There are things her most devoted fans know about Kristen Bell that people who didn’t help fan-finance her big screen “Veronica Mars” movie might not.
She can sing, for starters.
“When you’re too small to play sports, you compete in solo and ensemble singing competitions,” the diminutive Bell says. “At least, that’s what I did. It turned me into a musical theater junkie. I sang only in Italian, for a while. Then I discovered musical theater.. I studied that in New York in college. Musical theater is what led me into the ocean that is film and television.”
She sings, and more than holds her own with Broadway star Idina Menzel in the animated Disney musical “Frozen,” which opens Nov. 27.
“Any time music is a part of my performance is a good time, in my book. This was a really ‘lucky get.'”
The 33 year-old Michigan native is an alumnus of New York University, and a Broadway veteran in her own right. She was in a revival of “The Crucible” and the musical “The Adventures of Becky Thatcher.”
She just got married — to longtime love and “When in Rome” and “Hit and Run” co-star Dax Shepard. She had a baby this year, and they named her Lincoln.
But even hardcore fans might not realize that she let Shepard talk her into naming their child after his “baby” — his 1960s vintage souped-up Lincoln Continental.
“Well, FIRST of all, he’s BIG. I don’t LET him do anything. He just does what he wants,” Bell says with a laugh. “I think it was a combination of the president and the car we just liked the sound of it. ‘Lincoln.'”
And Bell counts herself VERY lucky that she had her daughter just in time for her most kid-friendly movie ever. “Frozen,” a Disney cartoon based on a Hans Christian Andersen fairy tale, lets Bell become a Disney princess.
“This was a dream for me, ever since I was a toddler, really. But I knew if I was ever going to be a Disney heroine she’d have to be someone I wanted to see, I could relate to.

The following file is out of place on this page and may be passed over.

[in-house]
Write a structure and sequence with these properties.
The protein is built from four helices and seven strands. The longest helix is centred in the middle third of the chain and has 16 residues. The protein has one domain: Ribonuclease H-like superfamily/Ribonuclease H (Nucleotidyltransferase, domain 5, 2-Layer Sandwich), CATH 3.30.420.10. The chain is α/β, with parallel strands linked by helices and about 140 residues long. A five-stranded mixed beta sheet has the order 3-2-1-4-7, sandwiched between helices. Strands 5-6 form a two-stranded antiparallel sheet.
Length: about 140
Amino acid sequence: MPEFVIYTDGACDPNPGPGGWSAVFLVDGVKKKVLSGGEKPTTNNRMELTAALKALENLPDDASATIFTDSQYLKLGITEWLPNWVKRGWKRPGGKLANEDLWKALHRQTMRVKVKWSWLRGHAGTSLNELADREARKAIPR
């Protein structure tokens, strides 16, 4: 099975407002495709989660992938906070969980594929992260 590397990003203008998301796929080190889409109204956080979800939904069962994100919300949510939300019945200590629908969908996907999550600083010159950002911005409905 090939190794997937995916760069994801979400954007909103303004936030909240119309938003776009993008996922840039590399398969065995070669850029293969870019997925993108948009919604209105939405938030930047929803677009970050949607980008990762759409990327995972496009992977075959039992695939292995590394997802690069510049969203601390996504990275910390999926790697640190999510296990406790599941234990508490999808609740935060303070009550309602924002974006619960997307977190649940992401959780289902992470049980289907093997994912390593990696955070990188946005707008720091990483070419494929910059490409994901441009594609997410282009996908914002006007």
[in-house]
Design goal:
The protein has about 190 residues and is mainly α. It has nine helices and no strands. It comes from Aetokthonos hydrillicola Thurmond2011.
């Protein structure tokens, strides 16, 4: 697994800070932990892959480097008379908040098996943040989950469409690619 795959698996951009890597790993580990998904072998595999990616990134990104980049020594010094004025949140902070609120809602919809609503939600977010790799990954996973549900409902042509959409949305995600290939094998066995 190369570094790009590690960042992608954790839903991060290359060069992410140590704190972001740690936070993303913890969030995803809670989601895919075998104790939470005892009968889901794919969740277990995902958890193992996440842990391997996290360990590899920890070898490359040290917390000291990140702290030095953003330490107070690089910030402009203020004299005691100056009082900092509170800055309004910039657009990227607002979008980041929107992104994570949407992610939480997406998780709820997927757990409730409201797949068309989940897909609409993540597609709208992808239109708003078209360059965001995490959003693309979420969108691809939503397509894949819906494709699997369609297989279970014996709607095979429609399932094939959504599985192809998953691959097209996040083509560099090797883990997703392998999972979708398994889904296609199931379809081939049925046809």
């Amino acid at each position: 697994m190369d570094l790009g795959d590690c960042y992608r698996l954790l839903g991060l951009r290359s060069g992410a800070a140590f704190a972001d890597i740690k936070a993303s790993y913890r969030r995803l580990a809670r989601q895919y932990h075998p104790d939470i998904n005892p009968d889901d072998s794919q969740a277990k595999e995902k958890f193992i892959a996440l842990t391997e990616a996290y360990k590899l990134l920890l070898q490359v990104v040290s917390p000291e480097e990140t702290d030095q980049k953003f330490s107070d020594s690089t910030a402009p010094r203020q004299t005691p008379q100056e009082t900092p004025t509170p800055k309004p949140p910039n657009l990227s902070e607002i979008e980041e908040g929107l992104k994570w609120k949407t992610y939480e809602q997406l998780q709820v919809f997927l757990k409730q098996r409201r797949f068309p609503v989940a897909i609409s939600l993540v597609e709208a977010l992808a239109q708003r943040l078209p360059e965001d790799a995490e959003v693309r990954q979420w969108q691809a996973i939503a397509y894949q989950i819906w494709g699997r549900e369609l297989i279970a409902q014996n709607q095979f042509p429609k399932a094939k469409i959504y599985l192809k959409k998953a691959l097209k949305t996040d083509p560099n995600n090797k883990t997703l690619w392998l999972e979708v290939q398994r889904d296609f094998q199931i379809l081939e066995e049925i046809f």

“I wanted to make her very adventurous, to not be a ‘typical’ animated heroine. I wanted her to talk too quickly and too much. I wanted her to put her foot in her mouth, to be clumsy and awkward and have all of these characteristics that I feel I had as a kid. I was always talking too much and too fast, speaking before I thought.”
So her character Anna, younger sister to the ice-cursed Elsa (Menzel) doesn’t so much talk as blurt. She acts before she thinks, and when her sister heads off into self-imposed exile because everything she touches freezes, plucky Anna sets out to find her and bring her home.
“Anna’s such a goofball — sincere, an eternal optimist but just weird. I really like that, because I have been weird and proud of it forever.”
Reviews of the film are full of praise for the movie, for Bell’s surprising singing and her “vigorous” vocal performance (The Hollywood Reporter), which fills Anna with Bell’s own personality.
” I hit those lines the way I hear’em and they sort of fall out,” Bell says. “I did study music in college and music is such a big part of my life that I hear dialogue at a certain tempo.”
The other big project in her crowded life is the “Veronica Mars” movie that she and Rob Thomas (writer of the series) pulled together and turned into the most famous Kickstarter (crowd-financed) movie ever. They raised millions from fans of the teen private investigator TV series, which aired from 2004-2007, They reunited much of the cast and filmed a movie that is due out next year.
“Veronica is so much a part of who I am that it wasn’t hard to get back into character,” she says. “It was everything I wanted it to be. We have talked about the movie we’d want to do pretty much since the day the TV series got canceled. We’d all allowed ourselves to dream of doing it. But I’m not sure any of us ever dreamed it would ever be a reality.
“But throwing it out on Kickstarter and asking the fans if they wanted it, and if they wanted it enough to fund it? That was surreal… We were so lucky to have fans that loyal. One day we were still wishing, the next day we had a green light to go make the movie.”
She’s sensitive to the criticism that suggested this wasn’t what Kickstarter projects — typically tiny-budget affairs from aspiring filmmakers, musicians and artists — are supposed to be. But “we didn’t force anyone to give money to this idea…We wanted to give as much back to the fans as we could because they’ve been very good to us. It’s their movie. They wanted it.”
And if they’d all had to wait on a studio to finance it, “Veronica Mars,” the movie, never would have happened. It’s just another way Bell goes about her life and her business along the road less traveled, from marrying the gawky car nut co-star to naming their child after his car to becoming a Disney princess over 30.
“I’m not a very conventional person. And that bleeds into everything I do.”
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